Mayor Adams Warns of Destruction of New York City!

New York City’s newly-elected Mayor Eric Adams, a Democrat, expressed deep concerns during a recent town hall meeting about the increasing influx of undocumented immigrants into the city, warning that the situation could potentially lead to the city’s destruction. Mayor Adams cited the significant challenges posed by the rising numbers of illegal immigrants and the strain it’s putting on the city’s resources.

Adams began by emphasizing his commitment to addressing problems facing the city, but he expressed a sense of urgency regarding the current immigration situation. He conveyed his worry, stating, “I don’t see an ending to this. I don’t see an ending to this,” he said. “This issue will destroy New York City. Destroy New York City. We’re getting 10,000 migrants a month. One time we were just getting Venezuela. Now we getting Ecuador. Now we getting Russian-speaking coming through Mexico. Now we’re getting western Africa. Now we getting people from all over the globe have made their minds up that they’re going to come through the southern part of the border and coming into New York City. And everyone is saying it’s New York City’s problem.”

The diversity of the immigrant population was highlighted by Adams, who mentioned that they were not solely from one region, but from various parts of the world, including Venezuela, Ecuador, Russian-speaking countries, and Western Africa. This demographic diversity has posed unique challenges for city officials as they grapple with the integration and provision of services for these new arrivals.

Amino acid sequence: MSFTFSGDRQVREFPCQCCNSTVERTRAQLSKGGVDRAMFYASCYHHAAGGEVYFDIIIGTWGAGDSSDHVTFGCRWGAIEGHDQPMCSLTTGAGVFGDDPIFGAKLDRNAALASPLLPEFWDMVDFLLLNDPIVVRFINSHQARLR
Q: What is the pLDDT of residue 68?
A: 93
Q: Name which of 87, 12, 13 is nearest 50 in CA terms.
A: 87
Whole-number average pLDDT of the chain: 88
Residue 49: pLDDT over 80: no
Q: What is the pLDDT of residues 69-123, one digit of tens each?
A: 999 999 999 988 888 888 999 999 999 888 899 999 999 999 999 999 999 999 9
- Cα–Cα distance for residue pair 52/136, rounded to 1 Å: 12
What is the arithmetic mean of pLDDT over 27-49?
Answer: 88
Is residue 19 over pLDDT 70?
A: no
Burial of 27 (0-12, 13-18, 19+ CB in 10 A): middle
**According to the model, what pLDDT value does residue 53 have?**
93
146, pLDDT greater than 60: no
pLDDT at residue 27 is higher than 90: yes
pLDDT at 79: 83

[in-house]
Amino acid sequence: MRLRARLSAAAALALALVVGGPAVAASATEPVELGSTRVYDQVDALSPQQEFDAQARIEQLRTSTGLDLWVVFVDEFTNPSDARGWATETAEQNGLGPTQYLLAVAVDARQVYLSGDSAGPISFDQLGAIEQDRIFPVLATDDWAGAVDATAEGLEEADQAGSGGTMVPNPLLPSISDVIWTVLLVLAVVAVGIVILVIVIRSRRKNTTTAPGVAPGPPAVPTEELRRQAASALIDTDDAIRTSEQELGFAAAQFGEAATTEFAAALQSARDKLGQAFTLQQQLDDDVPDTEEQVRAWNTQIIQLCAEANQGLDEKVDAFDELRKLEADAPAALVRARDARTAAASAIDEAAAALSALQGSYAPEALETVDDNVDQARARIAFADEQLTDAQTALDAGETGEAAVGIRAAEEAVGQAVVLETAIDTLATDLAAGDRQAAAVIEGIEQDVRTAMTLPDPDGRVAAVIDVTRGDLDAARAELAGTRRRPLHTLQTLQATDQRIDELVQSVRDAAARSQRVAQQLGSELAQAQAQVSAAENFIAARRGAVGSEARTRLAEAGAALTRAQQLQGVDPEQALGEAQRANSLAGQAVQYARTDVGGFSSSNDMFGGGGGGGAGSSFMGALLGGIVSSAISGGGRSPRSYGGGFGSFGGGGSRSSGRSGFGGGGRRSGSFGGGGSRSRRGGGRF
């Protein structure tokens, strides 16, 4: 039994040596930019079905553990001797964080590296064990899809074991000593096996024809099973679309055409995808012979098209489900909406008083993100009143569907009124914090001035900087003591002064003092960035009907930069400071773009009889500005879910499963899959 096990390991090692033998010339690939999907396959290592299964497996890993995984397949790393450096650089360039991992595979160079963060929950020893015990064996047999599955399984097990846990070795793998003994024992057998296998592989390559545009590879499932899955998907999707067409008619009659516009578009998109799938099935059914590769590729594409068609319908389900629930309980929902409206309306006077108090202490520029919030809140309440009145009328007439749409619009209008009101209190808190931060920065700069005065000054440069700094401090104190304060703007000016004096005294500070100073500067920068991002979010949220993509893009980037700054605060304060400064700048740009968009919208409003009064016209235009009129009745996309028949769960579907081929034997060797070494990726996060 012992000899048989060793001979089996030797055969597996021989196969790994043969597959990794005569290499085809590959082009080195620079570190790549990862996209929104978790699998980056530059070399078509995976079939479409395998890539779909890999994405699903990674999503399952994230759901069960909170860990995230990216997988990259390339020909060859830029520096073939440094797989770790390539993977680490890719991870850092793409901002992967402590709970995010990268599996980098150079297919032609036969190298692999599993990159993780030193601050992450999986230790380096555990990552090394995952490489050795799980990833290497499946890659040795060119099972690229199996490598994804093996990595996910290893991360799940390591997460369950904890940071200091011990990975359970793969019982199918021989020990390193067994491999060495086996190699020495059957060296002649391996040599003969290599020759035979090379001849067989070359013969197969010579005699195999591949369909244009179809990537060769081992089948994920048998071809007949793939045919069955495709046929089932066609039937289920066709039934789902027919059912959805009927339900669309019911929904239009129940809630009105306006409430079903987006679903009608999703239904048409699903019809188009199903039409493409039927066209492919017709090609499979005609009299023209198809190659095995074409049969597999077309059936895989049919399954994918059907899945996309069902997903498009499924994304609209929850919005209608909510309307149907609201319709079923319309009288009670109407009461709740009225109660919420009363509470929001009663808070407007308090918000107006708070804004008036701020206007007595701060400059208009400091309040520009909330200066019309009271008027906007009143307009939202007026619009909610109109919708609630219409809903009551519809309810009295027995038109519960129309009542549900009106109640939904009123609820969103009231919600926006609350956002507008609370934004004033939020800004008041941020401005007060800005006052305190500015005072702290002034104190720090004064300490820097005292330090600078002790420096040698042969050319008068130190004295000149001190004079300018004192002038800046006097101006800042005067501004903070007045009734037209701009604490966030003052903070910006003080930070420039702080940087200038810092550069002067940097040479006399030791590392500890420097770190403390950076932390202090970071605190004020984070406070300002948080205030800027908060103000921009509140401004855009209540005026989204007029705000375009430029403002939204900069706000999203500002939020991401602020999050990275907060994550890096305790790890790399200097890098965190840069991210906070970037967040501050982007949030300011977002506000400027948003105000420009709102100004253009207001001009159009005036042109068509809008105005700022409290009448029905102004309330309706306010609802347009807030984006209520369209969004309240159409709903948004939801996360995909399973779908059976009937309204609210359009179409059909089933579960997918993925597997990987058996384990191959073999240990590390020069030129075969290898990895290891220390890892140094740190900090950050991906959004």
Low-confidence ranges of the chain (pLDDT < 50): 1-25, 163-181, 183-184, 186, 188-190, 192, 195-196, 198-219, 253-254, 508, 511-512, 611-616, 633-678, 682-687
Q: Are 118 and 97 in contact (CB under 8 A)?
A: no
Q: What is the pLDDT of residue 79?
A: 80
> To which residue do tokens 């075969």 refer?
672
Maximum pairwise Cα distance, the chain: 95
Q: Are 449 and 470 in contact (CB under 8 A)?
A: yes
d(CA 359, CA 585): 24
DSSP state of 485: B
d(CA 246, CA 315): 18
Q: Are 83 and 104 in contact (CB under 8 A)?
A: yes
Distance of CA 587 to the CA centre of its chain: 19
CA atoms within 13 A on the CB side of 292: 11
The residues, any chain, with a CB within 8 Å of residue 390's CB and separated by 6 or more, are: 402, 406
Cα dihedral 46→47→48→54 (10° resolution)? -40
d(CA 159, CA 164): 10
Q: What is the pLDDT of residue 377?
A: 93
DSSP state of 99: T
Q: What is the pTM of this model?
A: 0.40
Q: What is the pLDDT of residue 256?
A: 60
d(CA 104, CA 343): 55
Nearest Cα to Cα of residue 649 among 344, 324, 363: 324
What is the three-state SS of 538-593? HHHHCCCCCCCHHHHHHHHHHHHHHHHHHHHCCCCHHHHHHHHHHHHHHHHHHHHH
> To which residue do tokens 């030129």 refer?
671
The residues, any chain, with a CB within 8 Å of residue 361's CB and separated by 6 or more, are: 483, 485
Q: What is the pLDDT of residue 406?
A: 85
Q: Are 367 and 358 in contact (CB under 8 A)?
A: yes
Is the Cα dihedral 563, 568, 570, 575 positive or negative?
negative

Mayor Adams went on to underscore the impact of this immigration wave on every community within the city. He stressed that the influx of undocumented immigrants was not limited to specific neighborhoods and called upon the community to come together to address the issue. He asked his constituents if they had organized to counter the situation and voiced concern that the problem would spread to affect all New Yorkers, regardless of their borough of residence.

“It’s gonna come to your neighborhoods. All of us are going to be impacted by this,” he continued. “I said it last year when we had 15,000. I’m telling you now with 110,000. The city we knew, we’re about to lose. And we’re all in this together. All of us. Staten Island is saying, ‘send them out to Manhattan,’ Manhattan is saying, ‘send them out to Queens,’ Queens is saying, ‘send them out to Brooklyn.’”

Addressing the potential inter-borough tensions, Adams noted that different boroughs had different perspectives on how to handle the issue. Staten Island, for instance, wanted to divert immigrants to Manhattan, while Manhattan looked to Queens, and Queens hoped to send them to Brooklyn. This situation highlighted the need for a coordinated and comprehensive approach to address the challenges posed by immigration.